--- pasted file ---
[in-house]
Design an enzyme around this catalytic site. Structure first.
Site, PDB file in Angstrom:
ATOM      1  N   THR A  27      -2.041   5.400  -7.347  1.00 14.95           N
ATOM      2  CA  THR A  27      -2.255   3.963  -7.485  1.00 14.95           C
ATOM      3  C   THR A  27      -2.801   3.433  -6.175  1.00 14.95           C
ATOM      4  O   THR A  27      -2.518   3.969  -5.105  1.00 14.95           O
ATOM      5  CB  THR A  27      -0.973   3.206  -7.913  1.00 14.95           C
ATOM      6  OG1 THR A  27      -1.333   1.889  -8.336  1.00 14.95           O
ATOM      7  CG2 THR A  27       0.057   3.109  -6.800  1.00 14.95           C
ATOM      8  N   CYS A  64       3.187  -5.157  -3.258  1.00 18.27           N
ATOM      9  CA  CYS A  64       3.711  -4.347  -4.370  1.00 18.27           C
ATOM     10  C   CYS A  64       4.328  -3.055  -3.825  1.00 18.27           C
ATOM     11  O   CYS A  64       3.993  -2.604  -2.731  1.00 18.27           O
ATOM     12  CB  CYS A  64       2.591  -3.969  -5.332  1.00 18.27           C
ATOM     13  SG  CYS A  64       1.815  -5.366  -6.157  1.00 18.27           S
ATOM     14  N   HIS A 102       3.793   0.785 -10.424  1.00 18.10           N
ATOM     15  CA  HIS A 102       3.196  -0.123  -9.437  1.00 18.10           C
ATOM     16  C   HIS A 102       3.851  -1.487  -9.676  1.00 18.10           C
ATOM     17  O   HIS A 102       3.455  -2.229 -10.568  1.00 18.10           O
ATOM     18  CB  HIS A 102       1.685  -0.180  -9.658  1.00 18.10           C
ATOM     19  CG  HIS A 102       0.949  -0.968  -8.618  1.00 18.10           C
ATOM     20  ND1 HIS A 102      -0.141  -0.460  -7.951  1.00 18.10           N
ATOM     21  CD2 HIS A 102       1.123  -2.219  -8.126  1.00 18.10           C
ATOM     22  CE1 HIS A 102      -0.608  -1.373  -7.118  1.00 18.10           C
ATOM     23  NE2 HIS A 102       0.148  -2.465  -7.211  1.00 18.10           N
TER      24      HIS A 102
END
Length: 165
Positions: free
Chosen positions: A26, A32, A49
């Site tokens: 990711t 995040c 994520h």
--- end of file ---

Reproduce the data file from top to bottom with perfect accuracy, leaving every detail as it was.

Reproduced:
[in-house]
Design an enzyme around this catalytic site. Structure first.
Site, PDB file in Angstrom:
ATOM      1  N   THR A  27      -2.041   5.400  -7.347  1.00 14.95           N
ATOM      2  CA  THR A  27      -2.255   3.963  -7.485  1.00 14.95           C
ATOM      3  C   THR A  27      -2.801   3.433  -6.175  1.00 14.95           C
ATOM      4  O   THR A  27      -2.518   3.969  -5.105  1.00 14.95           O
ATOM      5  CB  THR A  27      -0.973   3.206  -7.913  1.00 14.95           C
ATOM      6  OG1 THR A  27      -1.333   1.889  -8.336  1.00 14.95           O
ATOM      7  CG2 THR A  27       0.057   3.109  -6.800  1.00 14.95           C
ATOM      8  N   CYS A  64       3.187  -5.157  -3.258  1.00 18.27           N
ATOM      9  CA  CYS A  64       3.711  -4.347  -4.370  1.00 18.27           C
ATOM     10  C   CYS A  64       4.328  -3.055  -3.825  1.00 18.27           C
ATOM     11  O   CYS A  64       3.993  -2.604  -2.731  1.00 18.27           O
ATOM     12  CB  CYS A  64       2.591  -3.969  -5.332  1.00 18.27           C
ATOM     13  SG  CYS A  64       1.815  -5.366  -6.157  1.00 18.27           S
ATOM     14  N   HIS A 102       3.793   0.785 -10.424  1.00 18.10           N
ATOM     15  CA  HIS A 102       3.196  -0.123  -9.437  1.00 18.10           C
ATOM     16  C   HIS A 102       3.851  -1.487  -9.676  1.00 18.10           C
ATOM     17  O   HIS A 102       3.455  -2.229 -10.568  1.00 18.10           O
ATOM     18  CB  HIS A 102       1.685  -0.180  -9.658  1.00 18.10           C
ATOM     19  CG  HIS A 102       0.949  -0.968  -8.618  1.00 18.10           C
ATOM     20  ND1 HIS A 102      -0.141  -0.460  -7.951  1.00 18.10           N
ATOM     21  CD2 HIS A 102       1.123  -2.219  -8.126  1.00 18.10           C
ATOM     22  CE1 HIS A 102      -0.608  -1.373  -7.118  1.00 18.10           C
ATOM     23  NE2 HIS A 102       0.148  -2.465  -7.211  1.00 18.10           N
TER      24      HIS A 102
END
Length: 165
Positions: free
Chosen positions: A26, A32, A49
């Site tokens: 990711t 995040c 994520h």